Historians cannot pinpoint the moment when Henry VIII decided to get rid of his second wife. To marry Anne Boleyn, he had overturned the religious and political order of Europe, breaking with Rome and setting himself up as head of the English church. But Anne, who he believed had promised him a son, had presented him with a daughter, Elizabeth; her next two pregnancies had not come to term. Henry’s chief minister Thomas Cromwell had his own quarrels with the queen. By spring 1536 her existence threatened his foreign policy aims. No state outside England recognized Henry’s second marriage, which was becoming an embarrassment and an encumbrance.
But how to be rid of her? The possibility of an annulment, and Anne’s quiet departure, seems to have been canvassed and rejected. She would, it was decided, have to be forced out, charged with treason, treason evidenced by multiple adulteries, including an incestuous affair with her brother George, Lord Rochford. The charges sound deeply unlikely, but were made to stick for a few days during May 1536. It seems possible that Cromwell did not know how he would stage the coup, till he found himself in the middle of it.
Tradition has seen Jane Rochford, George’s wife, as a chief agent in the downfall of the Boleyns. It would be pleasant to go against tradition, but difficult in this case. In Hilary Mantel’s Bring Up the Bodies, the sequel to Wolf Hall (2009), it is she, as a woman close to the queen, who sets ticking the mechanism of Anne Boleyn’s downfall. In the following passage she talks with Thomas Cromwell. Henry Norris and Francis Weston are prominent courtiers, and close to the king.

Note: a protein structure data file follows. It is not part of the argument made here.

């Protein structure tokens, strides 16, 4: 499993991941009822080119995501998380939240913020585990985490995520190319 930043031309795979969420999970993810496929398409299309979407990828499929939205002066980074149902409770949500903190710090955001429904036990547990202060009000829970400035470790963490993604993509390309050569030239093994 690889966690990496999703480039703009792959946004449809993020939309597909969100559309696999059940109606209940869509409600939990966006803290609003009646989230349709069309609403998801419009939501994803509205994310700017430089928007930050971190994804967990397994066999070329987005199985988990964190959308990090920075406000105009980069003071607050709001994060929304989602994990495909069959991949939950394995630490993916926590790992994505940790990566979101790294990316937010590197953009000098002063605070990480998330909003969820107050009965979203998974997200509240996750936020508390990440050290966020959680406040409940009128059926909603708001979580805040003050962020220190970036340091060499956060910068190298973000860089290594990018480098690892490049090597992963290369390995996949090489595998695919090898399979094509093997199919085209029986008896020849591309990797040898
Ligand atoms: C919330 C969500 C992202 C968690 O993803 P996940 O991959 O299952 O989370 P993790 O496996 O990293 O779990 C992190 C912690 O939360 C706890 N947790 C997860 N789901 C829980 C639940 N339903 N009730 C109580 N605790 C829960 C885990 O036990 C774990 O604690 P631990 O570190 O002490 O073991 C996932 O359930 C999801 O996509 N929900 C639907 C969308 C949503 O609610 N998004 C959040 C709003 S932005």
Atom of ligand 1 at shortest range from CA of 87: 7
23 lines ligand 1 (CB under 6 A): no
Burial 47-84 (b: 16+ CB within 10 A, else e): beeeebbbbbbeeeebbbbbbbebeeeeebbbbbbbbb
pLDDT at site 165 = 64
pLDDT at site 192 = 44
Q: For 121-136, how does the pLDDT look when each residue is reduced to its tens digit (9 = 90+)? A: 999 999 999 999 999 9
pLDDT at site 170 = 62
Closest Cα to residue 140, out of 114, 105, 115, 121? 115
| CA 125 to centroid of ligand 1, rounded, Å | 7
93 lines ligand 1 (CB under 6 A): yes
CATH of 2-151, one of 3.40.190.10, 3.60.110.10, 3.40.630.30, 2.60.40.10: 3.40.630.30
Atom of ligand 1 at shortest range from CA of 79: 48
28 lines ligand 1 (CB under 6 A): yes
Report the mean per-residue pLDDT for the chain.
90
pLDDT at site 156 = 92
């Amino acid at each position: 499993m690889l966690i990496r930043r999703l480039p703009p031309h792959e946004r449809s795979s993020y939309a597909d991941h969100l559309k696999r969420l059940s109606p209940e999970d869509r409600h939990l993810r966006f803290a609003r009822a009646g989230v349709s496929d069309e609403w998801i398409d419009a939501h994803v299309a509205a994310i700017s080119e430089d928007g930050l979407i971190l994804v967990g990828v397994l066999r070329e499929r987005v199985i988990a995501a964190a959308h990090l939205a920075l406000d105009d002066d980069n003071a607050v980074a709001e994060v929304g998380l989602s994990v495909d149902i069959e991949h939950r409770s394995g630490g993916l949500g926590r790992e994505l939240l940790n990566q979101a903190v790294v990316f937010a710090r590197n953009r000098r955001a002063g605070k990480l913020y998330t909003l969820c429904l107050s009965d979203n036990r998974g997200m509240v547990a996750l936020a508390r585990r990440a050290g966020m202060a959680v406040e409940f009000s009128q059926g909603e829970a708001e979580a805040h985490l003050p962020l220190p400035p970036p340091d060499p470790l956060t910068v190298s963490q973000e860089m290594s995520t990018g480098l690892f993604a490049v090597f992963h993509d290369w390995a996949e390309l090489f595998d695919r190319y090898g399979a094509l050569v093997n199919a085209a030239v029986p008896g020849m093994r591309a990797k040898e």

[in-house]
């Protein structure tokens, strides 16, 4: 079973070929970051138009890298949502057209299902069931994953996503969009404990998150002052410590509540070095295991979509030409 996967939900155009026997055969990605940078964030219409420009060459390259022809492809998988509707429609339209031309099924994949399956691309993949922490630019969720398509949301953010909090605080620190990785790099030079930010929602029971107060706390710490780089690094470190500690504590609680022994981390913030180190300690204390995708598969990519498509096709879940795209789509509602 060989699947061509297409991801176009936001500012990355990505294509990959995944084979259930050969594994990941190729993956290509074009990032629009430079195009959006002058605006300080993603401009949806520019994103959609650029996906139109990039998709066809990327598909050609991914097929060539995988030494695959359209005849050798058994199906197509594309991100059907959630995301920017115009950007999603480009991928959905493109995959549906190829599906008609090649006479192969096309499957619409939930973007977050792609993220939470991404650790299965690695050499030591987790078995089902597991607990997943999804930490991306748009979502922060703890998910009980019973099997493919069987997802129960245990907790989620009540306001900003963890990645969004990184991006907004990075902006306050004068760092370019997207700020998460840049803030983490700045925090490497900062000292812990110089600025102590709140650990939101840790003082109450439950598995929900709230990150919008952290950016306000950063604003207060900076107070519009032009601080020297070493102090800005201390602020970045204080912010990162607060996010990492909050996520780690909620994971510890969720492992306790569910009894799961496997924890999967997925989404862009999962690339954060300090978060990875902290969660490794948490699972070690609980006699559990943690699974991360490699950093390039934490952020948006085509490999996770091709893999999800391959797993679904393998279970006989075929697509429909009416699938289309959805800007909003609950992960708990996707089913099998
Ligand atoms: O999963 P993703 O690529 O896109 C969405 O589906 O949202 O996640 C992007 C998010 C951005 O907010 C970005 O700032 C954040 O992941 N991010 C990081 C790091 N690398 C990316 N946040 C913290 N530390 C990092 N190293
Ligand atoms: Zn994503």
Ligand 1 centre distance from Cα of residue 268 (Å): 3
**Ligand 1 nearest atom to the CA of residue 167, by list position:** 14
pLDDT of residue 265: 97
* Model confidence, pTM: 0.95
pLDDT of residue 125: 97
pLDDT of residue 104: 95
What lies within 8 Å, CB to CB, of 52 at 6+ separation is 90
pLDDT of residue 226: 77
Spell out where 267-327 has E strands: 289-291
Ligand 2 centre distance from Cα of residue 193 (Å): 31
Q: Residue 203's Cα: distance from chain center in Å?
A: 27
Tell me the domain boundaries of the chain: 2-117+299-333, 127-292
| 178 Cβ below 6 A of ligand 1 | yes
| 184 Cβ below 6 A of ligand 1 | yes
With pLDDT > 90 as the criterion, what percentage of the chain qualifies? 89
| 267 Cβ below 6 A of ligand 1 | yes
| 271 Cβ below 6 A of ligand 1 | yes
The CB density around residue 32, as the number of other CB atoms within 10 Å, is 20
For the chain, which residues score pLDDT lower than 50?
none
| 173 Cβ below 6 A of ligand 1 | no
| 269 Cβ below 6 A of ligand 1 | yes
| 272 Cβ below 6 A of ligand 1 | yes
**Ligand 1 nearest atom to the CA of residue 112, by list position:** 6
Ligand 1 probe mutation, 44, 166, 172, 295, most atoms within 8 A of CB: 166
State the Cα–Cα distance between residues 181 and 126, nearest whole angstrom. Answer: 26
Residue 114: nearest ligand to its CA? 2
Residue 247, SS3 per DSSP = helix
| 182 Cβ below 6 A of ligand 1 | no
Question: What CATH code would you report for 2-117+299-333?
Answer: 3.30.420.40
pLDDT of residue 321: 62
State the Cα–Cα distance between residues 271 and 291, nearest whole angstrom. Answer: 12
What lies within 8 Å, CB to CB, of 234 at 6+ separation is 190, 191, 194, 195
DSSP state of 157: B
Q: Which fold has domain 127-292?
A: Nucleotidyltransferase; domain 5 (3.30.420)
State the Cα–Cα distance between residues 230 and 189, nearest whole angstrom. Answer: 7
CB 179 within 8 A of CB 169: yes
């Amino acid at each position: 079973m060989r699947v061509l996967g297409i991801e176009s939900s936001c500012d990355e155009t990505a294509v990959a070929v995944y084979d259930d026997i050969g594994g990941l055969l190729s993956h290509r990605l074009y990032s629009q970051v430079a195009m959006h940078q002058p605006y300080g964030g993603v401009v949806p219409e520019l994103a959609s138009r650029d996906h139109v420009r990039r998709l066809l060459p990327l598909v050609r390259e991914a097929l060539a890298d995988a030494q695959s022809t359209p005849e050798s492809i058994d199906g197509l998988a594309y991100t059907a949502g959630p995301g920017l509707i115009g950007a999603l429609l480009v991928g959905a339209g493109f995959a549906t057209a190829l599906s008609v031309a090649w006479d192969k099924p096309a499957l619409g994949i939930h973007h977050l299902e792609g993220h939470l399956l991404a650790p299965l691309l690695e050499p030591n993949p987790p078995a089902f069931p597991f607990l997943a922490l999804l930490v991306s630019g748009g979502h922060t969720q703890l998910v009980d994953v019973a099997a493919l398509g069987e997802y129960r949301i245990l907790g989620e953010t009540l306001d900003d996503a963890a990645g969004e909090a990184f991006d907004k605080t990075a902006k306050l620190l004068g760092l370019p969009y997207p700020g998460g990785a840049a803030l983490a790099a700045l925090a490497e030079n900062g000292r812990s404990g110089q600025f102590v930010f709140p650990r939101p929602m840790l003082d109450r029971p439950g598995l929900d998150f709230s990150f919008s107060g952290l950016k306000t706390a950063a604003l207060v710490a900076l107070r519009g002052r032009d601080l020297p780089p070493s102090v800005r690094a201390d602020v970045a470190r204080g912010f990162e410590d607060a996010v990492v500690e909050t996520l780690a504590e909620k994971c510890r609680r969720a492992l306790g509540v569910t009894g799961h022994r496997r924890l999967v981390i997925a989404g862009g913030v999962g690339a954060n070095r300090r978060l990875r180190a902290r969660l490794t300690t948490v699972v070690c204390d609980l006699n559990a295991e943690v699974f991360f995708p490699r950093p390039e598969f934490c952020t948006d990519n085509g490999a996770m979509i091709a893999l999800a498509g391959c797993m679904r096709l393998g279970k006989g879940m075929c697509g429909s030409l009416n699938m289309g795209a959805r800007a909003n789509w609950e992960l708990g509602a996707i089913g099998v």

Henry Holt has just published Bring Up the Bodies.
Sunday: “I wish you had been here this morning,” Lady Rochford says with relish. “It was something to witness. The king and Anne in the great window together, so everybody in the courtyard below could see them. The king has heard about the quarrel she had with Norris yesterday. Well, the whole of England has heard of it. You could see the king was beside himself, his face was crimson. And she holding up the little princess to him, as if to say, ‘Husband, how can you doubt this is your daughter?’”
“You are supposing that was her question. You could not hear what was said.” His voice is cold; he hears it himself, its coldness surprises him.
“Not from where I stood. But I doubt it bodes any good to her.”
“Did you not go to her, to comfort her? She being your mistress?”
“No. I went looking for you.” She checks herself, her tone suddenly sobered. “We—her women—we want to speak out and save ourselves. We are afraid she is not honest and that we will be blamed for…
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